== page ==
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The Lysenko Affair

The three-decade reign of Lysenkoism not only pushed the Soviet biological sciences into the backwaters of scientific research and progress, it contributed to the enormous agricultural failures and mass starvation.

Lysenkoism—a convenient untruth

For more than 30 years, from the early 1930s until the mid-1960s, the scientific study of genetics and agriculture in the Soviet Union was stunted by the official endorsement—from Joseph Stalin on down—of Lysenkoism, a hodgepodge of pseudo-scientific ideas and techniques advocated by Trofim Lysenko and his supporters. Central to Lysenkoism was denial of the firmly established science of genetics, replaced by a theory that acquired characteristics such as resistance to cold or drought could be inherited, a theory that supported the views and met the needs of the Communist Party—a politically convenient untruth.

That particular lie became official Truth throughout most of the Soviet bloc in 1935, when Stalin himself stood and shouted, “Bravo, Comrade Lysenko, Bravo!” after a speech in which Lysenko denounced those who opposed his ideas as anti-Marxist.

The three-decade reign of Lysenkoism not only pushed the Soviet biological sciences into the backwaters of scientific research and progress, it contributed to the enormous agricultural failures and mass starvation it was meant to remedy by putting into practice a series of policies and interventions that were at best haphazard and at worst counterproductive. In addition, it destroyed the careers, and in some cases led to the death of leading biologists who dared to disagree with the party line.

At its apex in the late 1940s, Lysenkoism was officially decreed to be the only correct biological theory. In a similar fashion, and with like results, Nazi ideology forced German scientists to deny and denounce Einstein’s theories and those of other researchers as “Jewish Science.” As in Soviet Russia, critics were branded enemies of the state, silenced, or liquidated.

Climate-Change Denial—the Price of Admission to the Party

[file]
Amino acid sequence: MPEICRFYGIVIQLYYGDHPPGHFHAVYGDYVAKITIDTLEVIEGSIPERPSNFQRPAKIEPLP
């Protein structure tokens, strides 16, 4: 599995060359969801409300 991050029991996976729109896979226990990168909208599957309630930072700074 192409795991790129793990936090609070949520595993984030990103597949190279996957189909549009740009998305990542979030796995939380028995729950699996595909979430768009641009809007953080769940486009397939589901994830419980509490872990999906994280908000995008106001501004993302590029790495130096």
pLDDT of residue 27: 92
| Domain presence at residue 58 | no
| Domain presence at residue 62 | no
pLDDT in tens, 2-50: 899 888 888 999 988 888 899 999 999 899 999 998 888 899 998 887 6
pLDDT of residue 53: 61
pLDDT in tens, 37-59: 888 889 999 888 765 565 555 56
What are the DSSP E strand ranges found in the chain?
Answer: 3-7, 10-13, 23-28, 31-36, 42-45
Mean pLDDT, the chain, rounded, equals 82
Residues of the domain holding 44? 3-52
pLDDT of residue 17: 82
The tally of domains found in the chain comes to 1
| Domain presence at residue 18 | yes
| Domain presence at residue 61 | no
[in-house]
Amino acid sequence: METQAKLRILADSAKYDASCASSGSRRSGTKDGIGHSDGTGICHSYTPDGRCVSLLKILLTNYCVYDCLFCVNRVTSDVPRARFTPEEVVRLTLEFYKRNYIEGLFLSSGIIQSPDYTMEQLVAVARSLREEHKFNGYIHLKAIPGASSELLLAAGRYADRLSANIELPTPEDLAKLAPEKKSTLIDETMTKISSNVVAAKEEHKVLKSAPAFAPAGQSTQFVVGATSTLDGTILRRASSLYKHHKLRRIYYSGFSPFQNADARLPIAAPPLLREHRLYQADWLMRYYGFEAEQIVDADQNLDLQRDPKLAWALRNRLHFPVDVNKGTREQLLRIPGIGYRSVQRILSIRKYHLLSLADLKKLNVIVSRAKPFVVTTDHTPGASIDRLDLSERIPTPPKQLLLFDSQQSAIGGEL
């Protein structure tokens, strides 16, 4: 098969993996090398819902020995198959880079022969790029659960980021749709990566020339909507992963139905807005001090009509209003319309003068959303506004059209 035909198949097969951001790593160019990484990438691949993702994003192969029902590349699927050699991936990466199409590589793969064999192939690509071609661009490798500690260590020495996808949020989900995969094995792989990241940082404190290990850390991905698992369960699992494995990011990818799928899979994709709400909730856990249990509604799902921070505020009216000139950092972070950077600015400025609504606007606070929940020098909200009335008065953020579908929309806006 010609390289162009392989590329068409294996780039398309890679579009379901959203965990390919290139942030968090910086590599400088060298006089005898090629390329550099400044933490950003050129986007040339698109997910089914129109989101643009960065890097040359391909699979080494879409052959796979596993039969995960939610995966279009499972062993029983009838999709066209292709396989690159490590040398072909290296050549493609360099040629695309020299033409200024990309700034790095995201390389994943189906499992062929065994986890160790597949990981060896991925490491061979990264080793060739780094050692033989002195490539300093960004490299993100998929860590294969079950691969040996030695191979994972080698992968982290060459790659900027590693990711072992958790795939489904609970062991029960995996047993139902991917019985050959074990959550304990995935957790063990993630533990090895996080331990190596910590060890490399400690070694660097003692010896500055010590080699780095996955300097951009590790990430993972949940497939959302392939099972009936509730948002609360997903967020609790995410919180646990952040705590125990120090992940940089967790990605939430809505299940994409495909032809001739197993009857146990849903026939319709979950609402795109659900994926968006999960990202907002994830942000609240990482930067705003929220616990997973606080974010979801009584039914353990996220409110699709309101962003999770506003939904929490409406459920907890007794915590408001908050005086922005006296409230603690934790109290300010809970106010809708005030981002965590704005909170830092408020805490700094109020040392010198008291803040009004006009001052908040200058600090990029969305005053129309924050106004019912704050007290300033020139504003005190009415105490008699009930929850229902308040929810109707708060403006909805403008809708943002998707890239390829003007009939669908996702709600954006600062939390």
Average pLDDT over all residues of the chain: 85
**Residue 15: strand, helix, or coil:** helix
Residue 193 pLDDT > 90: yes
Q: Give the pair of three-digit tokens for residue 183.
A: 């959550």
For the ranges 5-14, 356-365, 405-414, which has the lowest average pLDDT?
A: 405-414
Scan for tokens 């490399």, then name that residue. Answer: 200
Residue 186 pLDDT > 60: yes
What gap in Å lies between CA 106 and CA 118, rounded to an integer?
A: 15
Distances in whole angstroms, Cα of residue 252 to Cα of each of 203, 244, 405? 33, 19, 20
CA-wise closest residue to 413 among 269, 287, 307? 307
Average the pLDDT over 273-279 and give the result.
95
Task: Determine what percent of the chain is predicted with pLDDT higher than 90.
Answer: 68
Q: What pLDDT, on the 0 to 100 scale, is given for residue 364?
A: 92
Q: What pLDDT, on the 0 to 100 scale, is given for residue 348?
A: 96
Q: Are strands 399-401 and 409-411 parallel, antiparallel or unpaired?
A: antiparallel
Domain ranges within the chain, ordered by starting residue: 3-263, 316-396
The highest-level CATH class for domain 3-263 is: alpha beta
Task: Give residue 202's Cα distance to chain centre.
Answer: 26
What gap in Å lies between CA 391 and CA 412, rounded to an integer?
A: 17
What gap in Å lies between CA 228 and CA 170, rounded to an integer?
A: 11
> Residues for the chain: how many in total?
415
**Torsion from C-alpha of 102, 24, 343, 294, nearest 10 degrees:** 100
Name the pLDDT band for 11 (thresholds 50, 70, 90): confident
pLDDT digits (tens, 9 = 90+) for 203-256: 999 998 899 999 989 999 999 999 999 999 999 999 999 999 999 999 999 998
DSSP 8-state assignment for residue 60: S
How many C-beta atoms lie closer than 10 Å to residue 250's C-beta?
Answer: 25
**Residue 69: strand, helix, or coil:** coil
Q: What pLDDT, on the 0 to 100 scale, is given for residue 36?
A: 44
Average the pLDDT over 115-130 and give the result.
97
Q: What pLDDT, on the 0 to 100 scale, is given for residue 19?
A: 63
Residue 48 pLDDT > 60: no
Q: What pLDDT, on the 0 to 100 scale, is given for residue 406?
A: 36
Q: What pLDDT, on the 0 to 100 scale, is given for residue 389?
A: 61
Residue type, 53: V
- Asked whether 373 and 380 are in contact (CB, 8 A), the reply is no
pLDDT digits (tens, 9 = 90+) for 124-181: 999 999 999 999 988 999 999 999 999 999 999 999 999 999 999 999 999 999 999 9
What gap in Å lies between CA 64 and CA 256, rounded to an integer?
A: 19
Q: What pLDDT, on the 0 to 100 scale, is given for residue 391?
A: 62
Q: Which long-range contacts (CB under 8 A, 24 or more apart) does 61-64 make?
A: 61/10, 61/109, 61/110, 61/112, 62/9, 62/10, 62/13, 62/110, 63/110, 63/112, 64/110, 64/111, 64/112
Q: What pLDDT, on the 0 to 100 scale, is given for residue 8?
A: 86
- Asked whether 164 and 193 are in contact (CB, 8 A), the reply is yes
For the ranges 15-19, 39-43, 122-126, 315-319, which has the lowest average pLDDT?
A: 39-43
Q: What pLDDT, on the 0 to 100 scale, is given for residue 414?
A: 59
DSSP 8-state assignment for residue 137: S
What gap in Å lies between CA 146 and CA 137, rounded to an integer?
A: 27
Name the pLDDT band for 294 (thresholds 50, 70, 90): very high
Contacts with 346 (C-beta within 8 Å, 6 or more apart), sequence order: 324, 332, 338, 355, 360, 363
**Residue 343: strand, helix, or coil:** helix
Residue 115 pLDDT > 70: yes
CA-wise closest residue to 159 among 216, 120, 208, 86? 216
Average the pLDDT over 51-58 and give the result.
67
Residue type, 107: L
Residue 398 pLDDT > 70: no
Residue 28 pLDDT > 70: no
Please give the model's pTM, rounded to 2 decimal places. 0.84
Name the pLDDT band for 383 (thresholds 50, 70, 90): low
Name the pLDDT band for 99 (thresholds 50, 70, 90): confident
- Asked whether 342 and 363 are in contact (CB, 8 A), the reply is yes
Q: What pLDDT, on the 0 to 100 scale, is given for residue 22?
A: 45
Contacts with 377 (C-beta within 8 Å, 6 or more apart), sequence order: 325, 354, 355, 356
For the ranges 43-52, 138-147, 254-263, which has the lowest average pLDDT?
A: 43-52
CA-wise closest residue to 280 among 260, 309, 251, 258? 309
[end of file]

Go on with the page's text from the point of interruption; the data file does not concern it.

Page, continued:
Currently, Republicans leaders such as presidential hopeful Ted Cruz seem to be falling over each other in their eagerness to deny the core findings of climate science. So far, they haven’t yet found a Lysenko to anoint as denialist-in-chief, although physicist Christopher Keating—a proponent of climate change—has ironically challenged them to do so by personally promising to pay $30,000 to anyone who can disprove mainstream, accepted climate science. Yet their heavy handed attacks on researchers Michael Mann, Raymond Bradley and Malcolm Hughes over the famous “hockey stick” reconstruction of Earth’s climate, their labeling of anthropogenic climate change as “the greatest hoax ever perpetrated on the American people,” their attempts to prevent even the U.S. military from acknowledging or researching climate change, and their pledge to oppose any tax-based government response to climate change, all convey the same message—climate-change denial is the price of admission to the Party; science, the environment, national security, not to mention common sense be damned.

American culture has not always proved immune to the reactive power passionate belief can have in the political realm: witness Tennessee’s famed Scopes ‘Monkey Trial’ in the 1920s, or the continuing efforts by ‘creation science’ or ‘intelligent design’ advocates to inject religious beliefs into the public school curriculum. While theme parks purporting to show humans and dinosaurs coexisting in a theologically-imagined past may only be private exhibitions of the extreme capacity of human belief systems to override and deny all factual evidence, such beliefs written into textbooks or public law have a history of highly detrimental and even seriously dangerous effects.

Identity and Denial

Some recent research shows how central climate change denial has become to the very identity of many conservatives. Yale law professor and communication researcher Dan Kahan has found that if liberals and conservatives are asked questions like, “Is the earth getting warmer because of human activities?” liberals and conservatives answer dramatically differently, with few conservatives agreeing with the findings and warnings of mainstream climate science. However, if the questions are rephrased to reflect knowledge rather than belief, for example, “Do most climate scientists say the earth is getting warmer because of human activities?” most of the differences disappear. Kahan concludes that conservatives don’t deny climate science out of ignorance but because that stance has become part of their political identity.

Unfortunately, as Soviet communism’s embrace of Lysenkoism should have taught us, forging a political party’s identity around an untruth, however convenient, is truly playing with fire.